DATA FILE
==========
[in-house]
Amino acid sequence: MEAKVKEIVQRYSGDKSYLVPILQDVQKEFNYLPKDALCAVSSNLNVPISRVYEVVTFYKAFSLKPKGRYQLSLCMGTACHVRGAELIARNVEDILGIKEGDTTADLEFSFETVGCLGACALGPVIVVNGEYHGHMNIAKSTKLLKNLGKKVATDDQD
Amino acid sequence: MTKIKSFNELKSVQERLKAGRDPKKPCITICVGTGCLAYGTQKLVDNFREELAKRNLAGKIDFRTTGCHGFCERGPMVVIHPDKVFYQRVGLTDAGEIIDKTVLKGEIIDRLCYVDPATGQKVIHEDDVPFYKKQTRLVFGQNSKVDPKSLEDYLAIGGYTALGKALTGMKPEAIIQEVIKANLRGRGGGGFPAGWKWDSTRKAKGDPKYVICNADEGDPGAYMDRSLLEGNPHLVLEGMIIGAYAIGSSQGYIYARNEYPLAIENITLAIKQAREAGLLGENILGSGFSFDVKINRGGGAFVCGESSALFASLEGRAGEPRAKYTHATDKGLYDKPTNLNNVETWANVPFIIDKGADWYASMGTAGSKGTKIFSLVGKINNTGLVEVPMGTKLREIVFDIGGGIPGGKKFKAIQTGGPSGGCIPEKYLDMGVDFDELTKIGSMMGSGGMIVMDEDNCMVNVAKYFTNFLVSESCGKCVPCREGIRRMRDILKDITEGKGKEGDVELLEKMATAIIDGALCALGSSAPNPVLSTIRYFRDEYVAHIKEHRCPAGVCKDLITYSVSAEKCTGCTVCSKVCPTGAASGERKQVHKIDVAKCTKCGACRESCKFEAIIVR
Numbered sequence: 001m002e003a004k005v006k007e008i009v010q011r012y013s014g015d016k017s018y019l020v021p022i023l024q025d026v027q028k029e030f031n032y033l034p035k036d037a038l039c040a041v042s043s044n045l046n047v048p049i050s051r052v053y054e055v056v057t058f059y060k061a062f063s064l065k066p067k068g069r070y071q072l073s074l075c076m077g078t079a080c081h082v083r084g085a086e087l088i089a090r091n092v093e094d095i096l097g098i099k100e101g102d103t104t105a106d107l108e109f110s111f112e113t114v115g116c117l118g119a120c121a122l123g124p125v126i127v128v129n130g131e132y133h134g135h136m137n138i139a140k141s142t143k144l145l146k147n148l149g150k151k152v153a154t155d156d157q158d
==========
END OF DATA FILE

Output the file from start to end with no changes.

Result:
[in-house]
Amino acid sequence: MEAKVKEIVQRYSGDKSYLVPILQDVQKEFNYLPKDALCAVSSNLNVPISRVYEVVTFYKAFSLKPKGRYQLSLCMGTACHVRGAELIARNVEDILGIKEGDTTADLEFSFETVGCLGACALGPVIVVNGEYHGHMNIAKSTKLLKNLGKKVATDDQD
Amino acid sequence: MTKIKSFNELKSVQERLKAGRDPKKPCITICVGTGCLAYGTQKLVDNFREELAKRNLAGKIDFRTTGCHGFCERGPMVVIHPDKVFYQRVGLTDAGEIIDKTVLKGEIIDRLCYVDPATGQKVIHEDDVPFYKKQTRLVFGQNSKVDPKSLEDYLAIGGYTALGKALTGMKPEAIIQEVIKANLRGRGGGGFPAGWKWDSTRKAKGDPKYVICNADEGDPGAYMDRSLLEGNPHLVLEGMIIGAYAIGSSQGYIYARNEYPLAIENITLAIKQAREAGLLGENILGSGFSFDVKINRGGGAFVCGESSALFASLEGRAGEPRAKYTHATDKGLYDKPTNLNNVETWANVPFIIDKGADWYASMGTAGSKGTKIFSLVGKINNTGLVEVPMGTKLREIVFDIGGGIPGGKKFKAIQTGGPSGGCIPEKYLDMGVDFDELTKIGSMMGSGGMIVMDEDNCMVNVAKYFTNFLVSESCGKCVPCREGIRRMRDILKDITEGKGKEGDVELLEKMATAIIDGALCALGSSAPNPVLSTIRYFRDEYVAHIKEHRCPAGVCKDLITYSVSAEKCTGCTVCSKVCPTGAASGERKQVHKIDVAKCTKCGACRESCKFEAIIVR
Numbered sequence: 001m002e003a004k005v006k007e008i009v010q011r012y013s014g015d016k017s018y019l020v021p022i023l024q025d026v027q028k029e030f031n032y033l034p035k036d037a038l039c040a041v042s043s044n045l046n047v048p049i050s051r052v053y054e055v056v057t058f059y060k061a062f063s064l065k066p067k068g069r070y071q072l073s074l075c076m077g078t079a080c081h082v083r084g085a086e087l088i089a090r091n092v093e094d095i096l097g098i099k100e101g102d103t104t105a106d107l108e109f110s111f112e113t114v115g116c117l118g119a120c121a122l123g124p125v126i127v128v129n130g131e132y133h134g135h136m137n138i139a140k141s142t143k144l145l146k147n148l149g150k151k152v153a154t155d156d157q158d